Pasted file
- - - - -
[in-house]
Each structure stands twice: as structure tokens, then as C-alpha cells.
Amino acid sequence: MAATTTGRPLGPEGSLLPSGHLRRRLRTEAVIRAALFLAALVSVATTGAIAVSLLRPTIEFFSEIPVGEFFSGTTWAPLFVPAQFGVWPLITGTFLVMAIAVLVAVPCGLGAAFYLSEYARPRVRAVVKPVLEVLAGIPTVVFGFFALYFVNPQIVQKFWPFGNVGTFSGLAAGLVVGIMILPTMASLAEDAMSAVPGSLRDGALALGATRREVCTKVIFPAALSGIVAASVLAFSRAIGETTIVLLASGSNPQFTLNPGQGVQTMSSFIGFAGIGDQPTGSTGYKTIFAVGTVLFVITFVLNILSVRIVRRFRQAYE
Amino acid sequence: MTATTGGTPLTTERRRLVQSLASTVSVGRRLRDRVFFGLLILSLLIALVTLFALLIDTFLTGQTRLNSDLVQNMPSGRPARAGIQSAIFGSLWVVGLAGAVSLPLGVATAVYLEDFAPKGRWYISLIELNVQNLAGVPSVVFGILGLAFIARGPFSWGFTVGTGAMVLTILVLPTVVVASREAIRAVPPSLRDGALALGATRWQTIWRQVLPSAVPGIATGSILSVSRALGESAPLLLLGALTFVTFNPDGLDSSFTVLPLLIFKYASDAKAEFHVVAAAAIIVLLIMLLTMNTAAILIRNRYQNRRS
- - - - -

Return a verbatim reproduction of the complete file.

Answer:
[in-house]
Each structure stands twice: as structure tokens, then as C-alpha cells.
Amino acid sequence: MAATTTGRPLGPEGSLLPSGHLRRRLRTEAVIRAALFLAALVSVATTGAIAVSLLRPTIEFFSEIPVGEFFSGTTWAPLFVPAQFGVWPLITGTFLVMAIAVLVAVPCGLGAAFYLSEYARPRVRAVVKPVLEVLAGIPTVVFGFFALYFVNPQIVQKFWPFGNVGTFSGLAAGLVVGIMILPTMASLAEDAMSAVPGSLRDGALALGATRREVCTKVIFPAALSGIVAASVLAFSRAIGETTIVLLASGSNPQFTLNPGQGVQTMSSFIGFAGIGDQPTGSTGYKTIFAVGTVLFVITFVLNILSVRIVRRFRQAYE
Amino acid sequence: MTATTGGTPLTTERRRLVQSLASTVSVGRRLRDRVFFGLLILSLLIALVTLFALLIDTFLTGQTRLNSDLVQNMPSGRPARAGIQSAIFGSLWVVGLAGAVSLPLGVATAVYLEDFAPKGRWYISLIELNVQNLAGVPSVVFGILGLAFIARGPFSWGFTVGTGAMVLTILVLPTVVVASREAIRAVPPSLRDGALALGATRWQTIWRQVLPSAVPGIATGSILSVSRALGESAPLLLLGALTFVTFNPDGLDSSFTVLPLLIFKYASDAKAEFHVVAAAAIIVLLIMLLTMNTAAILIRNRYQNRRS